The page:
Heavy menstrual bleeding

Heavy menstrual bleeding is defined as menstrual loss in excess of 80mls.

At the end of a menstrual cycle, if pregnancy does not occur, hormonal support to the endometrium or ‘lining layer’ of the uterus is withdrawn and the endometrium is shed as a period. It is a popular misconception that a woman bleeds during a period, the majority of the menstrual loss is endometrial tissue, which resembles blood, but actual bleeding is not a major part of a normal period.

Heavy menstrual bleeding affects in excess of 15% of women at some time during their menstrual lives and involves the loss of significant amounts of blood in addition to the endometrium. Associated factors include fibroids, endometriosis or adenomyosis, infection and, rarely, cancer. 

Symptoms and signs

Women with heavy menstrual bleeding complain of the need to change their sanitary protection with increasing frequency, the need to use double protection (tampons and towels), and of getting up in the middle of the night to change sanitary protection. Classic symptoms of heavy menstrual bleeding include ‘flooding’ and the passage of blood clots during a period. Pain is not usually a feature of heavy menstrual bleeding and implies that there may be co-existent problems.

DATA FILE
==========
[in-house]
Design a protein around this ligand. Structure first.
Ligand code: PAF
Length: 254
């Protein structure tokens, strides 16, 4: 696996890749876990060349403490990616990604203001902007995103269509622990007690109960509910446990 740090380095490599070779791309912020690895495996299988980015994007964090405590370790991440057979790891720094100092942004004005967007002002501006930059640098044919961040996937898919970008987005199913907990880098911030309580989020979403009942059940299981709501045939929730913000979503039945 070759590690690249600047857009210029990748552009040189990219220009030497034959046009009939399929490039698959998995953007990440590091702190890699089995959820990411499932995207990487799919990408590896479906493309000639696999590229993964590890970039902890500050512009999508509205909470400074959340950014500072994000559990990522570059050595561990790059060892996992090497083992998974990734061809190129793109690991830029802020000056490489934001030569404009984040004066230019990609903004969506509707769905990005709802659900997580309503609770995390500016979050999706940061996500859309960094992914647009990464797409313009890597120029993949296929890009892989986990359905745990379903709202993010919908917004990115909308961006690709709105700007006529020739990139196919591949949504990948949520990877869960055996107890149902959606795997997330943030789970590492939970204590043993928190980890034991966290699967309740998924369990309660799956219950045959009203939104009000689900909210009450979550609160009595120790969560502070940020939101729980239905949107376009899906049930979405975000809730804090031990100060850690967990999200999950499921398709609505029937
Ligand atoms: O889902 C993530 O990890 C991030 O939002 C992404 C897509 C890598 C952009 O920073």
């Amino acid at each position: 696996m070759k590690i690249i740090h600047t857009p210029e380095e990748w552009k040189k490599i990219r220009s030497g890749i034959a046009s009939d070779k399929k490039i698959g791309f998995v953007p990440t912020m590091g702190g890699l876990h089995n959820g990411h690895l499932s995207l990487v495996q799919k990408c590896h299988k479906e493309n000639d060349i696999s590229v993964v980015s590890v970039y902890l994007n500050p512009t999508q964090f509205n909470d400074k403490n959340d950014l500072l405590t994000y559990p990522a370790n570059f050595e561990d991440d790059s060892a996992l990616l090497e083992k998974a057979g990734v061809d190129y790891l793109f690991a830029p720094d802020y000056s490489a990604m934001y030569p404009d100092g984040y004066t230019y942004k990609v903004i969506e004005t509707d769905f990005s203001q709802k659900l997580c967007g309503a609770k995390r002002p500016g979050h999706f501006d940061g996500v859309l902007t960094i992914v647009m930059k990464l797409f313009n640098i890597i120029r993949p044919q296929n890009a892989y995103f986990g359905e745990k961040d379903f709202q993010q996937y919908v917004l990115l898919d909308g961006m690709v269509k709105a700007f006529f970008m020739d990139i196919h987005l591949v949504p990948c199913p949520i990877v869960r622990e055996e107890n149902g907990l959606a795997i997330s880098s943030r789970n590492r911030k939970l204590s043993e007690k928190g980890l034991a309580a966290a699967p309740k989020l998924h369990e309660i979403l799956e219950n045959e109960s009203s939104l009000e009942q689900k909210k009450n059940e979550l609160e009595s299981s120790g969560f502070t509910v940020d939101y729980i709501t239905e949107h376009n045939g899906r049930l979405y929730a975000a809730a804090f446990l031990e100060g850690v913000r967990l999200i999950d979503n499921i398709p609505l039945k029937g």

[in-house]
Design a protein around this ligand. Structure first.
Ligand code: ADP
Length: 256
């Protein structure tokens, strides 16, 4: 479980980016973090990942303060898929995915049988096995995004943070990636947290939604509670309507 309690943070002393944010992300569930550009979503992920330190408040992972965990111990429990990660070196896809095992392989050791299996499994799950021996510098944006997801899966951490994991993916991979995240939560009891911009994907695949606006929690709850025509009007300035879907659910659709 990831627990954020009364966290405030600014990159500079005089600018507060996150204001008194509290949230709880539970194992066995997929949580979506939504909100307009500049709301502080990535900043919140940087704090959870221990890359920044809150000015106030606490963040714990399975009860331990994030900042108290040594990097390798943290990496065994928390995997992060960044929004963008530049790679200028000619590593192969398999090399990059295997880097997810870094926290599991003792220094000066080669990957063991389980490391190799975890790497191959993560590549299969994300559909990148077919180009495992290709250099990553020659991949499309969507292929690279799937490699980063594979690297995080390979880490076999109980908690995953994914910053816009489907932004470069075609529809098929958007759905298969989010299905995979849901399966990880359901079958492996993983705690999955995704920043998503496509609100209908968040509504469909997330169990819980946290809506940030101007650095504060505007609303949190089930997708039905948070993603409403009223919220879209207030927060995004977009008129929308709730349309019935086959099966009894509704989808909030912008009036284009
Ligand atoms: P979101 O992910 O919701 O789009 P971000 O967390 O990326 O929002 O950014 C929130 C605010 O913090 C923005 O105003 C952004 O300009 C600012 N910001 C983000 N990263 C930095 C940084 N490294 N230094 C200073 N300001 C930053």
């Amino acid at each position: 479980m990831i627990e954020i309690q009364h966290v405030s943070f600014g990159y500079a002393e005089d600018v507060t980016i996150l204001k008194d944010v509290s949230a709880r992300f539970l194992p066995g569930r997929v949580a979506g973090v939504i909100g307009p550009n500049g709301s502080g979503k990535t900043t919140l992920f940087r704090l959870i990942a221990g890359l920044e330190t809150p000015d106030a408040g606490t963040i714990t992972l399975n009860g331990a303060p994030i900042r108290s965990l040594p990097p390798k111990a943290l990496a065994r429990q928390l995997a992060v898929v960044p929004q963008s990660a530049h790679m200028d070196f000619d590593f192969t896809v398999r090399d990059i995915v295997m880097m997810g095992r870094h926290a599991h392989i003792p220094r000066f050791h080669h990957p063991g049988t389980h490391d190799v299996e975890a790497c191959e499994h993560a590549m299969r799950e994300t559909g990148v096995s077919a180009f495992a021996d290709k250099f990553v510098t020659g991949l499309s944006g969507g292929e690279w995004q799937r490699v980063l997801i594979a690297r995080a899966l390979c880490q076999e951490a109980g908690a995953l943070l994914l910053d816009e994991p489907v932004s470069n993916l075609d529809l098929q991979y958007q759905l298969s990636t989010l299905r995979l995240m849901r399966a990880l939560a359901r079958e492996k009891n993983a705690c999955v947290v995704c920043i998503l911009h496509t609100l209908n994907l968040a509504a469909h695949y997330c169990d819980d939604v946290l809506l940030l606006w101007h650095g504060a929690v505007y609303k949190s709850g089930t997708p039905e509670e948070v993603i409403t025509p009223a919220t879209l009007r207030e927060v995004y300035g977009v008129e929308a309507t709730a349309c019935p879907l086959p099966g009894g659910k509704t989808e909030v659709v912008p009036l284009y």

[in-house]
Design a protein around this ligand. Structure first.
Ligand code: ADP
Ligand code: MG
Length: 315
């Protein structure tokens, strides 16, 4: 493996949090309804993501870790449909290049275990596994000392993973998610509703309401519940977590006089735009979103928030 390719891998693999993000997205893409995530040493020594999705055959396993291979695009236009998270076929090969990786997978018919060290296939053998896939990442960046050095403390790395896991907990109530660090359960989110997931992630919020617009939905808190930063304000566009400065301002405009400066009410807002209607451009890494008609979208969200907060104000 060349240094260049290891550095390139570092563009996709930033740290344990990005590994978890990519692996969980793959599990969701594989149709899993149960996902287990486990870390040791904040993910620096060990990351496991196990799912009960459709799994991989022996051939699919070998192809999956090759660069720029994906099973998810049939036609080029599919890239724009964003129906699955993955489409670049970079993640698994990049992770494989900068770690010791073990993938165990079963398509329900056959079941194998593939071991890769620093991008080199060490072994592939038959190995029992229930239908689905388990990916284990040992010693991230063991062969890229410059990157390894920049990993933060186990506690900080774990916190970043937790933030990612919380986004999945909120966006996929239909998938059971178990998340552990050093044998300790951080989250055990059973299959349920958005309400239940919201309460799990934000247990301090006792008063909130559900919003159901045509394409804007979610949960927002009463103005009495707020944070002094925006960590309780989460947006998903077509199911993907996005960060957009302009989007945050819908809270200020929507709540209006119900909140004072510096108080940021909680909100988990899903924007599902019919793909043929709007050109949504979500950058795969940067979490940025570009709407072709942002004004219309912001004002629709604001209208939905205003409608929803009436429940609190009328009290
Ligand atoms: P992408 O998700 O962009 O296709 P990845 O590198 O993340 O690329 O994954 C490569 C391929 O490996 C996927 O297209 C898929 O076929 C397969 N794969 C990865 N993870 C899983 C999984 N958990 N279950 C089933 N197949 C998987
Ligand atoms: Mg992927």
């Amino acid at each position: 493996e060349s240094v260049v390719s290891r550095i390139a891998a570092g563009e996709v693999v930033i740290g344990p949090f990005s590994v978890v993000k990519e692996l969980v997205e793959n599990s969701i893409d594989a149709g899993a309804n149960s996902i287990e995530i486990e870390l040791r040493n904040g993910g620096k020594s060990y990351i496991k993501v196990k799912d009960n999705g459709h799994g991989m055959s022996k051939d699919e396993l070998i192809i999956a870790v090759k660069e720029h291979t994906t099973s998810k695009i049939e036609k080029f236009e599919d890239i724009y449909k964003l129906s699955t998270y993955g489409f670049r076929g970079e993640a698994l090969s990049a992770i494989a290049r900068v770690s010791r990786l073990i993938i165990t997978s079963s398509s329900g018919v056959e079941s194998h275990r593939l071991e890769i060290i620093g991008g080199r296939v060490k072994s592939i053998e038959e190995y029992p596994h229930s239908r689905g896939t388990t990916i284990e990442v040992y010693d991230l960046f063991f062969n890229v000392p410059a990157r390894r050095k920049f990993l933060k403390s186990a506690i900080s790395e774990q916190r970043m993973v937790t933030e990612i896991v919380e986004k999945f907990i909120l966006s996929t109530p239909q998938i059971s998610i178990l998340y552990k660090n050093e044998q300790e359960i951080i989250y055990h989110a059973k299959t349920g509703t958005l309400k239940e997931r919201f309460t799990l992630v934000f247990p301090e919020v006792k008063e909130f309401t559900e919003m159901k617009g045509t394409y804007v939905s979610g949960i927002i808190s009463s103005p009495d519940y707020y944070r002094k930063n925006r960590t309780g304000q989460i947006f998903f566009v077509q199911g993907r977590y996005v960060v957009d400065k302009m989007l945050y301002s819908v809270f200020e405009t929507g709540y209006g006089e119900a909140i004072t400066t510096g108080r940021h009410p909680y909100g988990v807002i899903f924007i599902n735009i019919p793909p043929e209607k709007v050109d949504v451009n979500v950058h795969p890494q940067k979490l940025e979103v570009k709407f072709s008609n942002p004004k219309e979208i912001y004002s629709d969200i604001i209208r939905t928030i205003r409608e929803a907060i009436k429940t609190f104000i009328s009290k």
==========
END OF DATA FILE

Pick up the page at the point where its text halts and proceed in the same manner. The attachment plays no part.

There are a number of treatment options for heavy menstrual bleeding and treatment should be based on the patient’s choice after a full discussion of the risks and benefits of each method.

Possible treatments include: non-hormonal medication, hormone treatment (the contraceptive pill or the Mirena intra-uterine system or coil), endometrial ablation, and hysterectomy. Hysterectomy is the only method that guarantees success in that no woman will have a period after hysterectomy. Hysterectomy has one of the highest patient satisfaction rates of any operation and should be included in any discussion of treatment options for heavy bleeding. For more information, see Hysterectomy.